RESULTS
    We applied these methods to explore the history of Neanderthal populations in western Europe and southern Siberia using sediment samples from three Pleistocene caves: Galería de las Estatuas, a site in northern Spain with 40 thousand years of Neanderthal occupation but that is genetically unexplored, and Chagyrskaya and Denisova Caves, which have previously yielded high-coverage genomes of two Neanderthals and one Denisovan hominin. In total, we recovered Neanderthal or Denisovan mtDNA from >60 sediment samples and nuclear DNA from 30 of these. For Chagyrskaya and Denisova Caves, our phylogenetic results from sediment DNA were consistent with previously published results from skeletal remains, confirming the accuracy of our approach. At Galería de las Estatuas, we recovered Neanderthal DNA from layers spanning nearly the entire stratigraphy, and identified a population turnover ~100,000 years ago accompanied by a loss of mtDNA diversity. By incorporating genetic data from previously published skeletal samples, we associated this turnover with two putative radiations in Neanderthal history.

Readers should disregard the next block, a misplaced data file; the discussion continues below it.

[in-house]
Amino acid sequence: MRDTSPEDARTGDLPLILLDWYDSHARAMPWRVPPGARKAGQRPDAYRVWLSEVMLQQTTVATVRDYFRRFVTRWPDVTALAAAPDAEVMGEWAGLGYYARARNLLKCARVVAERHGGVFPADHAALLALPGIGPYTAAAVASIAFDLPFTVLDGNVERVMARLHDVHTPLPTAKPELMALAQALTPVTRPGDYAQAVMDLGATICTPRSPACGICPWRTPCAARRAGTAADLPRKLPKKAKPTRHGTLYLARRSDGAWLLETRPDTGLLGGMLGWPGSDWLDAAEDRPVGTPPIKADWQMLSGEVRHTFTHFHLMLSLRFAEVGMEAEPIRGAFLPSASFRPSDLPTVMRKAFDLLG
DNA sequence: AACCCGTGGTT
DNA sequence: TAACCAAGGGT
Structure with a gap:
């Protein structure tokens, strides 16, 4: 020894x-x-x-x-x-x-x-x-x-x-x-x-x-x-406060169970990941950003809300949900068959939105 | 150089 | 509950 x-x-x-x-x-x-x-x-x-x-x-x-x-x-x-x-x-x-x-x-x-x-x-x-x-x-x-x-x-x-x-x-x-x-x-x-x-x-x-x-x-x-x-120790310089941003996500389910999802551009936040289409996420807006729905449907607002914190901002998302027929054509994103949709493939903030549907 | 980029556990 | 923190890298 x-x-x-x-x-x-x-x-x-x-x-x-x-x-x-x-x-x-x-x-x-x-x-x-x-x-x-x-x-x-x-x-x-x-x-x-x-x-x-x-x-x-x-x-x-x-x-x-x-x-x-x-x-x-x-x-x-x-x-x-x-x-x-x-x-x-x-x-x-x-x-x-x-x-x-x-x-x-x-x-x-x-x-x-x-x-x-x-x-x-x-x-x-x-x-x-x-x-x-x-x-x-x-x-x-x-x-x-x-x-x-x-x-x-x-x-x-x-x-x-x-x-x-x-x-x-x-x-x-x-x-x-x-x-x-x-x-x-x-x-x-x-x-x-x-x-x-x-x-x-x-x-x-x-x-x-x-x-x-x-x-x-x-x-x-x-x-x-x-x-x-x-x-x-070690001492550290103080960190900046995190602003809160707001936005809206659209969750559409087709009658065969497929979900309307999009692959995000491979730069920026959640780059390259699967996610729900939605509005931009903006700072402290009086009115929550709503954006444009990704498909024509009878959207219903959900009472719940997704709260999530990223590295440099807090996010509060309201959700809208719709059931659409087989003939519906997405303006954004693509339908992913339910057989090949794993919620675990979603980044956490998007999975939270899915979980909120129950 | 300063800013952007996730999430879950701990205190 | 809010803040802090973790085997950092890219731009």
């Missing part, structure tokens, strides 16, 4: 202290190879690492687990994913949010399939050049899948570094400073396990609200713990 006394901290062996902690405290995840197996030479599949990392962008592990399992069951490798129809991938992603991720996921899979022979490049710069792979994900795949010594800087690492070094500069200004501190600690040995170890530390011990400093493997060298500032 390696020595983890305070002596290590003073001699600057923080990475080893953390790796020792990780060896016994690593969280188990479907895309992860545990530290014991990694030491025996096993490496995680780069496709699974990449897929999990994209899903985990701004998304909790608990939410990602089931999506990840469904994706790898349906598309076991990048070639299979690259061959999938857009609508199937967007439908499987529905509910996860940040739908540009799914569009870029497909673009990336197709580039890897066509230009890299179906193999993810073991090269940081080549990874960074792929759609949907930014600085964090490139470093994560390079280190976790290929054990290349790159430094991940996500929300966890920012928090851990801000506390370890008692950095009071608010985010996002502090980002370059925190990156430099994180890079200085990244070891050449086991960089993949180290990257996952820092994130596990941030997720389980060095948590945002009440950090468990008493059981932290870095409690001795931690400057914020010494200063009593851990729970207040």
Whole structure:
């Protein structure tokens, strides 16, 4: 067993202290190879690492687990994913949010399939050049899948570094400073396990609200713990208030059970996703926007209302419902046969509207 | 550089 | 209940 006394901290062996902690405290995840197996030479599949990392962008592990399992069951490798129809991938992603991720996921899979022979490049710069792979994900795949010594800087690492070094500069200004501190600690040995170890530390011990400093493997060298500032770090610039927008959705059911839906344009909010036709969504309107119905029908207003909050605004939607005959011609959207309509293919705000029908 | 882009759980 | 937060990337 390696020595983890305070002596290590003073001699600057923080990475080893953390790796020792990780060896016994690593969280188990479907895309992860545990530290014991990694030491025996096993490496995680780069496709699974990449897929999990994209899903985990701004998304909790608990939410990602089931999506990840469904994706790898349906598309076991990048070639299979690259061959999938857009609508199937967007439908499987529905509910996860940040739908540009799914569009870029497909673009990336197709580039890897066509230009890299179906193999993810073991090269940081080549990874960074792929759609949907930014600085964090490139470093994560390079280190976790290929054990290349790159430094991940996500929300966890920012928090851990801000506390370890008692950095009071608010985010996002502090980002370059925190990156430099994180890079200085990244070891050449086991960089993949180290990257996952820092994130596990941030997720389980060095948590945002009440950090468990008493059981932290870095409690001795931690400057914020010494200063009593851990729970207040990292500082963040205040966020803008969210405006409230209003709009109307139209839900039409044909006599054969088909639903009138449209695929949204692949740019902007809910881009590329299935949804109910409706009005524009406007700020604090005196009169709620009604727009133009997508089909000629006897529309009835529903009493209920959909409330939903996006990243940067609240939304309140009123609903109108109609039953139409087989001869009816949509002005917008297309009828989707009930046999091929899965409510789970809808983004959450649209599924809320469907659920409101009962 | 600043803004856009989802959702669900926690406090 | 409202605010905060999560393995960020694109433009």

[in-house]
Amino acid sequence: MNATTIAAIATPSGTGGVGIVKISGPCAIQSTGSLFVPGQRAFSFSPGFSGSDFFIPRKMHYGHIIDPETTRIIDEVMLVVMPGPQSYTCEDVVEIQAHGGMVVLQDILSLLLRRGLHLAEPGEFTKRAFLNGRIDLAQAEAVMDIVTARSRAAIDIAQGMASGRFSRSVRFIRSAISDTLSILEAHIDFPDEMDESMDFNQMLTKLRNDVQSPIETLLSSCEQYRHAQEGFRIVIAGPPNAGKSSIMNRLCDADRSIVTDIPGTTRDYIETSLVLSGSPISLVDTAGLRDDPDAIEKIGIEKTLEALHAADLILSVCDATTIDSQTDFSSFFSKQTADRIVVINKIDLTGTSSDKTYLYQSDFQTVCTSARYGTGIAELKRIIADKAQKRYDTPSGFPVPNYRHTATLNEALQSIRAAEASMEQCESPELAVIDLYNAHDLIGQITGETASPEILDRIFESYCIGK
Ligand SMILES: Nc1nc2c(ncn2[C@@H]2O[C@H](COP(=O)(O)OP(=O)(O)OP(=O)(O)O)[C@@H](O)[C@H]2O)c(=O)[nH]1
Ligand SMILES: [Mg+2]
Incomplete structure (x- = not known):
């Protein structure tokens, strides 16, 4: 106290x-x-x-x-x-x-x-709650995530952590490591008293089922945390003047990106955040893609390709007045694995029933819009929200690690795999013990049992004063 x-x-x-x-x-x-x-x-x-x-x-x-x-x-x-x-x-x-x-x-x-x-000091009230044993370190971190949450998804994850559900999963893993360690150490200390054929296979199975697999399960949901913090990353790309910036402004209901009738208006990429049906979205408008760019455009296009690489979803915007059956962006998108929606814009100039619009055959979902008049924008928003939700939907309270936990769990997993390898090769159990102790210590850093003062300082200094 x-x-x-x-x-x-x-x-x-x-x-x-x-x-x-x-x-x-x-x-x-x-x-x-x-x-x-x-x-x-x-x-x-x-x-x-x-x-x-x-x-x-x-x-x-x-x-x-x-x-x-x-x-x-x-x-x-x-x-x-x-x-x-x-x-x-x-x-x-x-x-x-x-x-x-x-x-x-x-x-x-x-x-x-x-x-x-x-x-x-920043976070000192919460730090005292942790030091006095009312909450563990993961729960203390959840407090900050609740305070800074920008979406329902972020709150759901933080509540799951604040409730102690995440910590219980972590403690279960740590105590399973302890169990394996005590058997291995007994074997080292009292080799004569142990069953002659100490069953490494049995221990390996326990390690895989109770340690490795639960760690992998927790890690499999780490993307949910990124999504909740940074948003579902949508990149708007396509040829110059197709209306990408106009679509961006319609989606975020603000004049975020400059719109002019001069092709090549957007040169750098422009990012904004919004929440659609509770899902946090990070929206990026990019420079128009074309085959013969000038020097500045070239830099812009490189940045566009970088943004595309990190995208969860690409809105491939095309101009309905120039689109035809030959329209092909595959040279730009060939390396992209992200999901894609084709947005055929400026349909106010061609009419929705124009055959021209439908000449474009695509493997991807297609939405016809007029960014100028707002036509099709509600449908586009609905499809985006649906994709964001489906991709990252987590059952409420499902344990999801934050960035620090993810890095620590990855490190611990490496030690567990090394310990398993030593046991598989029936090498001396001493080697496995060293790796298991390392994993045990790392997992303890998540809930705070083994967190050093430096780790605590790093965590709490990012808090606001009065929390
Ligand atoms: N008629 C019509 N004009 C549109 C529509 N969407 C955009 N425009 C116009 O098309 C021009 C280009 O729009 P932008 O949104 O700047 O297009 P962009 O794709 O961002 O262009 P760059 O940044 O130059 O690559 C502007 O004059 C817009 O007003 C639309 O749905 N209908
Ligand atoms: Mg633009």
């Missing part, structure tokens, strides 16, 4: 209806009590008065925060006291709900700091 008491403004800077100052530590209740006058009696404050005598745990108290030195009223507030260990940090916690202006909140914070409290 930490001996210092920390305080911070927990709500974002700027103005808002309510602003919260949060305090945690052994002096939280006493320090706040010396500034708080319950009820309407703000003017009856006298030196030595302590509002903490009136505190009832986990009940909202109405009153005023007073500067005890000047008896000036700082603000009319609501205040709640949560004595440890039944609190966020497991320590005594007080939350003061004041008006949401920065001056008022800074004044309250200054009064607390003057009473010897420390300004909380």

CONCLUSION
    We developed methods for the effective retrieval and analysis of ancient hominin nuclear DNA from sediments and used them to uncover previously unknown events in Neanderthal history. This work demonstrates that detailed genetic analyses are now possible for many more archaeological sites than previously thought, with DNA from abundant sediments allowing dense time-series studies that are independent of the fossil record.

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  3. #3192
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    https://www.eurekalert.org/pub_relea...-fmo050521.php

    News Release 6-May-2021

    First member of ill-fated 1845 Franklin expedition is identified by DNA analysis

    With a living descendant's DNA sample, a team of researchers have identified the remains of John Gregory, engineer aboard HMS Erebus